After a series of threatened lawsuits and heated feuds this summer, The Philadelphia Film Society diverged from its former festival-planning partner TLA Entertainment. TLA renamed the event CineFest, which will resume in the spring. Meanwhile, the PFF still belongs to The Philadelphia Film Society.

The festival, typically an April event, is under singular management and therefore celebrating a half-birthday in the spite of the behind-the-scenes divorce.

The mini-festival is scheduled to showcase 37 films from 15 countries over the course of five days - Thursday, October 15 to Sunday, October 19. Films will be shown at two Center City locations - Ritz at the Bourse (400 Ranstead St.) and the Prince Music Theater (1412 Chestnut St.).The selections are predominantly reruns of flicks shown at Cannes, CineVegas, Chicago and Toronto that will now get to play here.

The Philadelphia Film Society's J. Andrew Greenblatt told Philadelphia City Paper that director F. Gary Gray and “special guests” will be in attendance for Gray’s film Law Abiding Citizen, and director Lee Daniels will bring Precious star Gabourey Sidibe.

The roster’s highlights:

Saturday appears to have the greatest number of high-profile selections: The Men Who Stare at Goats, the kooky George Clooney CIA farce; Bronson, the biopic of a crazed British criminal; and The Messenger, the Oren Moverman (co-scripter of I’m Not There) war drama about a soldier who falls for his deceased comrade’s wife.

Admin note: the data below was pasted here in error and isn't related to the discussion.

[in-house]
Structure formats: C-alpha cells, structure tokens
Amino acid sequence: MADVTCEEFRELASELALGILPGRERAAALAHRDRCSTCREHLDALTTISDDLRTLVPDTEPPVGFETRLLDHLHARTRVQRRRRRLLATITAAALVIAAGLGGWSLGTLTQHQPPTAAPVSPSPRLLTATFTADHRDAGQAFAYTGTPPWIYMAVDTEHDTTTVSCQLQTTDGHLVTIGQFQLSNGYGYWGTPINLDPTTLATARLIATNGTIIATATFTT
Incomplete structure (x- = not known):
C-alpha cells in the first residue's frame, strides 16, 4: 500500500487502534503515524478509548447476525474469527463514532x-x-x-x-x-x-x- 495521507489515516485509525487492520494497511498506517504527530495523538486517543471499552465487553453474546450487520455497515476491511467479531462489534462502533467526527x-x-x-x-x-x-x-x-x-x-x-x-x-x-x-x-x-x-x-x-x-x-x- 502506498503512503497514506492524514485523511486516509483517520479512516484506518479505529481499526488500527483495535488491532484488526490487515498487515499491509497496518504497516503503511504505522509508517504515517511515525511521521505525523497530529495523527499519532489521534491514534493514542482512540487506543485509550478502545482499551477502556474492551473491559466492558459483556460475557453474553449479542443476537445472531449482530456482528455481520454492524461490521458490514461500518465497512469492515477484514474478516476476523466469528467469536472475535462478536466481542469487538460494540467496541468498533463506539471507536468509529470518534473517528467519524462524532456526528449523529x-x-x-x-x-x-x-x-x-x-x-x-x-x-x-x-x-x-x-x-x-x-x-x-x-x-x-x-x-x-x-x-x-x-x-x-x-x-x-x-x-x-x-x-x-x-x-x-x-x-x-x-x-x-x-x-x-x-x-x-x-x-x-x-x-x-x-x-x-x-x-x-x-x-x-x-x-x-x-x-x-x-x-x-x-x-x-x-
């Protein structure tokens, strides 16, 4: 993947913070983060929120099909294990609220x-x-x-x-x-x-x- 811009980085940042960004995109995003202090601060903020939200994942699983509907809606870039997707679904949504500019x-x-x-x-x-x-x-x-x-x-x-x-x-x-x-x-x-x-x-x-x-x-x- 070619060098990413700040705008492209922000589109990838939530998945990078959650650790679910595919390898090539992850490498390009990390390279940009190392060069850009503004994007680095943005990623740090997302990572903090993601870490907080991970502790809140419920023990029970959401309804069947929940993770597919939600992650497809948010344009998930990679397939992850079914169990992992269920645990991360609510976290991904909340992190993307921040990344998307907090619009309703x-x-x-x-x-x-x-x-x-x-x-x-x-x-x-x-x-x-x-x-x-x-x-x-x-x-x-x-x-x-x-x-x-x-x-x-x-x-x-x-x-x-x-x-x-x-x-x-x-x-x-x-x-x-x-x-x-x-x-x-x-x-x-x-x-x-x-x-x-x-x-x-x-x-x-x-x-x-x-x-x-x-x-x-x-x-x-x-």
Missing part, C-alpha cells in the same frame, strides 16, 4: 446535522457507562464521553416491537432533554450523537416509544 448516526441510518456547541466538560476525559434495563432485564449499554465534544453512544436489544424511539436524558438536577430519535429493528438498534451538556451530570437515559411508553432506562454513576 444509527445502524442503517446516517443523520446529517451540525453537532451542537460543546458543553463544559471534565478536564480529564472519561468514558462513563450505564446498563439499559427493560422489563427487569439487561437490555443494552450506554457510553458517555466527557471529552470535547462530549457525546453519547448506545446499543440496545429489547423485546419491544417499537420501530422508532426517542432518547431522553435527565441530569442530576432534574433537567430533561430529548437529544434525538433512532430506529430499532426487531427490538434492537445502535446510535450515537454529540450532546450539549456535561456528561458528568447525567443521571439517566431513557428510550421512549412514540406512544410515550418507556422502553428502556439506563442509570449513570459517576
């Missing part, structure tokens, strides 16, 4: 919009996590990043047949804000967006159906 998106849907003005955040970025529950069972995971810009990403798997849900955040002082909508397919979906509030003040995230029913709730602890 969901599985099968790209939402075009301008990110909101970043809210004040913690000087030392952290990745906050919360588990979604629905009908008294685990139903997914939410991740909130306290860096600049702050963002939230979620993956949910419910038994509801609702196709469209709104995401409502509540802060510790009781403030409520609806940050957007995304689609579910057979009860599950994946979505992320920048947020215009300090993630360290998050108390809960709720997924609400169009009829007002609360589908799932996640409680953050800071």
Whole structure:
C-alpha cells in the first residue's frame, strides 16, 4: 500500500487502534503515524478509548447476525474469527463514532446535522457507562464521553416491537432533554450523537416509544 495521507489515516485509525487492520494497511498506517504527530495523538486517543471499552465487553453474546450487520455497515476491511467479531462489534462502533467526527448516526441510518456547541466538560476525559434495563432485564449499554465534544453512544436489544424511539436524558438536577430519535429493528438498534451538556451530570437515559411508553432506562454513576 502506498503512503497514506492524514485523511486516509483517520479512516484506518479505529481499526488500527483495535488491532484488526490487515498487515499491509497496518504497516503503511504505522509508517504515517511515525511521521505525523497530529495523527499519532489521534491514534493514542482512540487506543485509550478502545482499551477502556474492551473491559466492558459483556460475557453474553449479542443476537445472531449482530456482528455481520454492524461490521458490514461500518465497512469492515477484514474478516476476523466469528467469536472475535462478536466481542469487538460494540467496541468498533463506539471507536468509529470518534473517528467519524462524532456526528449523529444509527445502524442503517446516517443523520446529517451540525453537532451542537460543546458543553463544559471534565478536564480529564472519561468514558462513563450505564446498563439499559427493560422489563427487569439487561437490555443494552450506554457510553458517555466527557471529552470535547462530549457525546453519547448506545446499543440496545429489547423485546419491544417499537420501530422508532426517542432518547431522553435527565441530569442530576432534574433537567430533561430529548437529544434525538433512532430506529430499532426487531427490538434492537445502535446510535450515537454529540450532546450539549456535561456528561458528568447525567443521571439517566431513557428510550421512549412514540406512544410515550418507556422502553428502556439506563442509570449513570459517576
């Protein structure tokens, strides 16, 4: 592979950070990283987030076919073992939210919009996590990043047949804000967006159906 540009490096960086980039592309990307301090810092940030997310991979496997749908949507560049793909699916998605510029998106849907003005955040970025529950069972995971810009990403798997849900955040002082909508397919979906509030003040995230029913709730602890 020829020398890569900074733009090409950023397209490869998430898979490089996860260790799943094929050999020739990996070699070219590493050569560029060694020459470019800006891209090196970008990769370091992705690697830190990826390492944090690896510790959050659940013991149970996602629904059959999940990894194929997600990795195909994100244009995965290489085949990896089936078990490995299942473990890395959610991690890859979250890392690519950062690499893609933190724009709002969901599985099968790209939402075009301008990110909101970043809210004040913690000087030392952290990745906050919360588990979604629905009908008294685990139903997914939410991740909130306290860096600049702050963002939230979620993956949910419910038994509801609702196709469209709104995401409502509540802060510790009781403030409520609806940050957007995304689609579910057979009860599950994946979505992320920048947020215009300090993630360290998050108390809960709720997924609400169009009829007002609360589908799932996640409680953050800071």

The closing night feature, Precious: Based on the Novel “Push” by Sapphire, directed by Lee Daniels of West Philly has garnered some serious buzz. Precious, an overweight, illiterate teen who is pregnant with her second child, enrolls in an alternative school and learns a thing or two. Why and how a line from the credits made its way into the title is uncertain. It also de-emphasizes the reality of such a story with the reference to its “novel” roots. Nevertheless, based on the trailer, the flick looks to be one of the most emotionally taxing films of the festival. Precious screens Sunday at 7:30 p.m. since Monday is a best-of run of the films.